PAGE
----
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Spire Liverpool Hospital Good

The provider of this service changed - see old profile


Inspection carried out on 23 to 25 April 2019

During a routine inspection

Spire Liverpool Hospital is operated by Spire Healthcare Limited. The hospital offers surgery, outpatients and diagnostic imaging services. The hospital provides services for NHS and privately funded patients.

We inspected this service using our comprehensive inspection methodology. We carried out an unannounced inspection of Spire Liverpool Hospital between 23 and 25 April 2019.

To get to the heart of patients’ experiences of care and treatment, we ask the same five questions of all services: are they safe, effective, caring, responsive to people's needs, and well-led? Where we have a legal duty to do so we rate services’ performance against each key question as outstanding, good, requires improvement or inadequate.

Throughout the inspection, we took account of what people told us and how the provider understood and complied with the Mental Capacity Act 2005.

The main service provided was surgery. Where our findings on surgery – for example, management arrangements – also apply to other services, we do not repeat the information but cross-refer to the surgery service.

Services we rate

This is the first time we have rated this hospital. We rated it as Good overall.

We found the following areas of good practice:

  • The service had enough staff, with the right mix of qualification and skills, to keep patients safe and provide the right care and treatment. The service provided mandatory training in key skills to all staff and made sure everyone completed it.
  • Staff had training on how to recognise and report abuse and they knew how to apply it. Staff completed and updated risk assessments for each patient.
  • The service controlled infection risk well. The service had suitable premises and equipment and looked after them well. The service followed best practice when prescribing, giving, recording and storing medicines.
  • The service had enough nursing, medical, allied health professional and support staff, with the right mix of qualification and skills, to keep patients safe and provide the right care and treatment.
  • The service provided care and treatment based on national guidance and evidence of its effectiveness to achieve positive outcomes for patients.
  • Managers appraised staff’s work performance and made sure staff were competent for their roles. Doctors, nurses and other healthcare professionals supported each other to provide good care.
  • Staff understood how and when to assess whether a patient had the capacity to make decisions about their care.
  • Staff cared for patients with compassion, dignity and respect. Feedback from patients confirmed staff treated them well and with kindness. Staff involved patients and those close to them in decisions about their care and treatment.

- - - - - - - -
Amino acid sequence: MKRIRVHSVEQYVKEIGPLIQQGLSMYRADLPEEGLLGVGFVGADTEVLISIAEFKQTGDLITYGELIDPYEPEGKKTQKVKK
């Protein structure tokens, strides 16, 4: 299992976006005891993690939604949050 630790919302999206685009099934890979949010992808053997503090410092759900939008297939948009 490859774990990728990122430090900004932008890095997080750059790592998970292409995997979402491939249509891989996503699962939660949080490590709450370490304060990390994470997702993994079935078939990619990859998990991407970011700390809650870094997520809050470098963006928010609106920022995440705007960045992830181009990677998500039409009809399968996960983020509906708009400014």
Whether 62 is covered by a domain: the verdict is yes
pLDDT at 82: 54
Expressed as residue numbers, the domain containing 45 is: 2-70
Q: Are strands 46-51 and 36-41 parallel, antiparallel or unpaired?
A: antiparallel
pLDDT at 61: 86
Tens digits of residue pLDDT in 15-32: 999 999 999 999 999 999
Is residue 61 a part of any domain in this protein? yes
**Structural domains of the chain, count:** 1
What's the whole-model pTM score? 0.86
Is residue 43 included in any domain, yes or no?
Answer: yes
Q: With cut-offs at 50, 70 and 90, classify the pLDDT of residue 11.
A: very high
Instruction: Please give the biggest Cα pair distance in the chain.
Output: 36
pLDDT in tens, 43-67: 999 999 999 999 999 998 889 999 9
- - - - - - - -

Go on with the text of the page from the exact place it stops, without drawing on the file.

• The service planned and provided services in a way that met the needs of local people. People could access the service when they needed it. Waiting times from referral to treatment and arrangements to admit, treat and discharge patients were in line with good practice.

  • Managers at all levels in the service had the right skills and abilities to run a service providing high-quality sustainable care.

  • There was a clear governance structure in place, which all staff we spoke with understood. The service had good systems to identify risks, plan to eliminate or reduce them, and cope with both the expected and unexpected.
  • Managers across the service promoted a positive culture that supported and valued staff, creating a sense of common purpose based on shared values.

However, we also found the following issues that the service provider needs to improve:

  • Some patient records contained gaps and omissions, such as missing staff and patient signatures and rationale for treatment. This had also been identified by the service’s own records audit processes.
  • We found one patient had received treatment although they were out of the provider’s usual admission / exclusion criteria.  There was no medical record available to record the rationale for the surgery to take place outside of the services policy. 
  • The hospital’s policy for reporting safeguarding incidents was not always followed by staff.
  • Not all staff (such as consultants) directly reported patient safety incidents on the incident reporting system.
  • Clean linen was not always suitably stored. However; the service had ordered new trollies to improve this and were awaiting delivery at the time of our inspection..

  • Changes to the early warning system for monitoring deteriorating patients had not been fully embedded in the surgical service.

Following this inspection, we told the provider that it should make other improvements, even though a regulation had not been breached, to help the service improve. Details are at the end of the report.

Ann Ford

Deputy Chief Inspector of Hospitals (North Region)